Of all the gross humor related to menstruation, here's one that I found absolutely hilarious:
A study conducted by UCLA's Department of Psychiatry has revealed that the kind of face a woman finds attractive on a man can differ depending on where she is in her menstrual cycle.
For example: If she is ovulating, she is attracted to men with rugged and masculine features. However, if she is menstruating, or menopausal, she tends to prefer a man with scissors lodged in his temple and a bat jammed up his ass while he is on fire.
Further studies in this area have been canceled.
Almost every bleeding male worth his salt has faced the wrath ( or let's say, the insanity) of a woman's menstrual cycles, and even when you know that it's not her fault, it does get hard to deal with sometimes with the constant mood swings that can be defined as a strange mix of irritability, tension and dysphoria (unhappiness).
Premenstrual Syndrome (PMS) is a condition that affects women physically, emotionally and psychologically, and normally kicks in one or two weeks before every woman's monthly period (menstruation).
While the exact causes of PMS is not clear, what is sure is that this condition is linked to the changing hormones in the body, ranging from normal discomfort to a terrible time that makes it extremely difficult to get through the day, and has been classified in medicine as Premenstrual Dysphoric Disorder (PMDD).
However, according to statistics, only about three to eight percent of women who have one child and are between their late 20s and early 40s tend to deal with extreme symptoms of PMS. The rest of them experience mild symptoms and do not need to be treated medically.
Treatment for PMS
Every woman responds differently to the treatment provided by doctors for PMS, and one must try different options until you find the right one. However apart from medication, lifestyle changes can help you deal with PMS far more effectively:
1) Multivitamin pill with 400 grams of folic acid as well as a calcium supplement with Vitamin D.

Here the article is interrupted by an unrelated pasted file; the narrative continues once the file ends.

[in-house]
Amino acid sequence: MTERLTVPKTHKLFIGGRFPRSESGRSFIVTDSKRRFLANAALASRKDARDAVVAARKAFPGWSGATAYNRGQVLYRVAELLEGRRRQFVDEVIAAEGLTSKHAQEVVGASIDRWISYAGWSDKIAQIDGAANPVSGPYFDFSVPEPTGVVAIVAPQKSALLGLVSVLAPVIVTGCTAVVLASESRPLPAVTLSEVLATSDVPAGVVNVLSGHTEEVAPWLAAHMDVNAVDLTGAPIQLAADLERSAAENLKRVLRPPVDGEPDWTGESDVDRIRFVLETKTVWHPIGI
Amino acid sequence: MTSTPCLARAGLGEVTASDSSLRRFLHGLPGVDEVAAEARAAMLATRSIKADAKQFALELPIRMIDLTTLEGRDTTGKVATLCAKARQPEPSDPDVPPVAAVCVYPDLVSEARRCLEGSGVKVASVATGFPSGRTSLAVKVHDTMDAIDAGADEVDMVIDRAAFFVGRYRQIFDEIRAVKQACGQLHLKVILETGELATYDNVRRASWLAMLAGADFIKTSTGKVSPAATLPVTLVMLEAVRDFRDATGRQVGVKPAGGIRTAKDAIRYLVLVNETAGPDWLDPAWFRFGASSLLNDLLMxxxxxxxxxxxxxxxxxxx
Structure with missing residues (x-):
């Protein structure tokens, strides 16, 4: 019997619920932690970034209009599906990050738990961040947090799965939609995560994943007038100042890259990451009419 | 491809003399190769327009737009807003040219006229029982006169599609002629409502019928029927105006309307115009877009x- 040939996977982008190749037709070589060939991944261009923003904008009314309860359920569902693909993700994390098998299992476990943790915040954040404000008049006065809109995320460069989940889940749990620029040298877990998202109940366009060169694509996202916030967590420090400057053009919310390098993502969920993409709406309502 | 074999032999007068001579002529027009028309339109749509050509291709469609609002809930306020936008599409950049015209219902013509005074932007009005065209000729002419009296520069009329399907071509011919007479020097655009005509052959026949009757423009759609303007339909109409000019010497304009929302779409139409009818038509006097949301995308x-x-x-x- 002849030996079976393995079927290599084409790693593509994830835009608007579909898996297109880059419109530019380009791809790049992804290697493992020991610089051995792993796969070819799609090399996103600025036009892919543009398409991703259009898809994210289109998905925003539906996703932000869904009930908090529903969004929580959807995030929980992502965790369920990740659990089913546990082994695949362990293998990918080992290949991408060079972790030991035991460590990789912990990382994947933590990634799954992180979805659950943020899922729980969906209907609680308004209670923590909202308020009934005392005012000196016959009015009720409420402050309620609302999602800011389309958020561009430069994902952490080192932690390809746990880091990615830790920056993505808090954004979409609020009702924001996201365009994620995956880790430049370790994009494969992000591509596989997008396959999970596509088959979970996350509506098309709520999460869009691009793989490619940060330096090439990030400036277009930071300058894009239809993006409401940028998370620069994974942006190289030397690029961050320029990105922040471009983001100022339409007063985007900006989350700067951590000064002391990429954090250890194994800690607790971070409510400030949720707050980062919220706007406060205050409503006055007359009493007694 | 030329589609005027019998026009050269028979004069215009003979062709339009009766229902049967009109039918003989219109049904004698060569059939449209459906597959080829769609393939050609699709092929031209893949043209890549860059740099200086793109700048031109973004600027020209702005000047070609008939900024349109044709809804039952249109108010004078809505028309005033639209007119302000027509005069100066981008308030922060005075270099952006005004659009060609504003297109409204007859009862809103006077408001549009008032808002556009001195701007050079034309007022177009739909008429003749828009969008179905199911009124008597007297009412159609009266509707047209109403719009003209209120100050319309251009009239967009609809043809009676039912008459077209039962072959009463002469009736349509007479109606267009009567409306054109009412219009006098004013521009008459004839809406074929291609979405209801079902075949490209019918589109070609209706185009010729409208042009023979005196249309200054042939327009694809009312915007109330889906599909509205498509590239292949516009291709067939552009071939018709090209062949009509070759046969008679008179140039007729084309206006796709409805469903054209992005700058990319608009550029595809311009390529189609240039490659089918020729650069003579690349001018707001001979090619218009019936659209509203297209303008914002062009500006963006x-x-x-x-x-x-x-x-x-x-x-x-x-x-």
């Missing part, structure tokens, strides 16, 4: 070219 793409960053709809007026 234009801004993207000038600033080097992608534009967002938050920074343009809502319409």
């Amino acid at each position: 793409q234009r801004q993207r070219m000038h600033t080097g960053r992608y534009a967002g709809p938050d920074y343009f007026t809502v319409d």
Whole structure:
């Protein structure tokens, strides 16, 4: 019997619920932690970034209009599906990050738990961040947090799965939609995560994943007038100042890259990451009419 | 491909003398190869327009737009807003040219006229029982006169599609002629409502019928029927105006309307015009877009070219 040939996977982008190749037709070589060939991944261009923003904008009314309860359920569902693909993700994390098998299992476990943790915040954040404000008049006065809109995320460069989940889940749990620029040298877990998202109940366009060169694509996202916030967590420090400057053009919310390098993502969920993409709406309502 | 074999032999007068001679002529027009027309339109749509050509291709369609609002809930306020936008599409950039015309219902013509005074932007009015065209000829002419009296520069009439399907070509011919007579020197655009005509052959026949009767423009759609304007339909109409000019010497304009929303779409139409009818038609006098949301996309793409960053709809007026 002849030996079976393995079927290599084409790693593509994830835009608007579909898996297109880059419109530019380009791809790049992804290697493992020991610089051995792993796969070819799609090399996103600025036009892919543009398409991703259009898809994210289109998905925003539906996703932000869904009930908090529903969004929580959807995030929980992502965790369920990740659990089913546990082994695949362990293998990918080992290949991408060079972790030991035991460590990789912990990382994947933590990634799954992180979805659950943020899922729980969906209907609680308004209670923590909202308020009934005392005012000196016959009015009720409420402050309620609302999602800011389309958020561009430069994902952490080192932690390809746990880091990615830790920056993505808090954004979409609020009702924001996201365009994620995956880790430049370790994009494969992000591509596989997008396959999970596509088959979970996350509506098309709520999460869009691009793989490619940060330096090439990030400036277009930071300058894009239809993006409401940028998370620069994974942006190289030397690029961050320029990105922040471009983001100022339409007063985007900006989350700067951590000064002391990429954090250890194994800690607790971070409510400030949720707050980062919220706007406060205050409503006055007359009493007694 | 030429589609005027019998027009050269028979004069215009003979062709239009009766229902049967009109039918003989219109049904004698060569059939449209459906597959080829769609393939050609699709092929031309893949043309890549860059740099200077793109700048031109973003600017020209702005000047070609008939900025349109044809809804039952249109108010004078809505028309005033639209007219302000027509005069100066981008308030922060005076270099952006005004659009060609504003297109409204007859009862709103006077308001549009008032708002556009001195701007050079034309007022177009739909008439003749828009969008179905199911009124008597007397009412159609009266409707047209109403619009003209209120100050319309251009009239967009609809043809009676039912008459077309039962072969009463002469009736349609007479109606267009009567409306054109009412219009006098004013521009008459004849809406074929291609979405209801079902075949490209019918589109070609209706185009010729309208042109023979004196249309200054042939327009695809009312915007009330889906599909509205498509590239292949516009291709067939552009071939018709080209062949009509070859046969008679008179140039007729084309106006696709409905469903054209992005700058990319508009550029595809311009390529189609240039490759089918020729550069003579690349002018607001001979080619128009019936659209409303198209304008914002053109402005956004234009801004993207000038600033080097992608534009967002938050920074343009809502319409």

2) Regular exercise while eating healthy foods such as fruits, vegetables and whole grains.
3) At least eight hours of sleep every night.
4) Alcohol, caffeine, salty, sugary foods and cigarettes must be avoided especially during PMS.
5) One should try taking painkillers such naproxen, aspirin, ibuprofen for physical symptoms such as cramps, headaches and backaches.
Apart from all of these healthy changes, krill oil is also turning out to be an effective way to deal with PMS as well.
Natural Krill Oil
In a study conducted just recently, krill oil (derived from a shrimp-like marine animal) is found to be effective when the participants were treated over a period of three months with krill oil that is completely natural consisting of ingredients such as omega-3 fatty acids, antioxidants and phospholipids as opposed to the normal omega-3 fish oil that is administered to patients.
The progress was evaluated by a self-assessment questionnaire that was prepared by the American College of Obstetricians & Gynecologists (ACOG), and was given to participants to fill out in the baseline, interim and final evaluation stages of the study.
All 70 patients responded positively to the medications that not only helped with the emotional aspects of PMS but also dysmenorrhea as well.
No matter what developments happen in the field of gynecology, women will continue to use that age-old cliche that most of their problems begin with 'men'.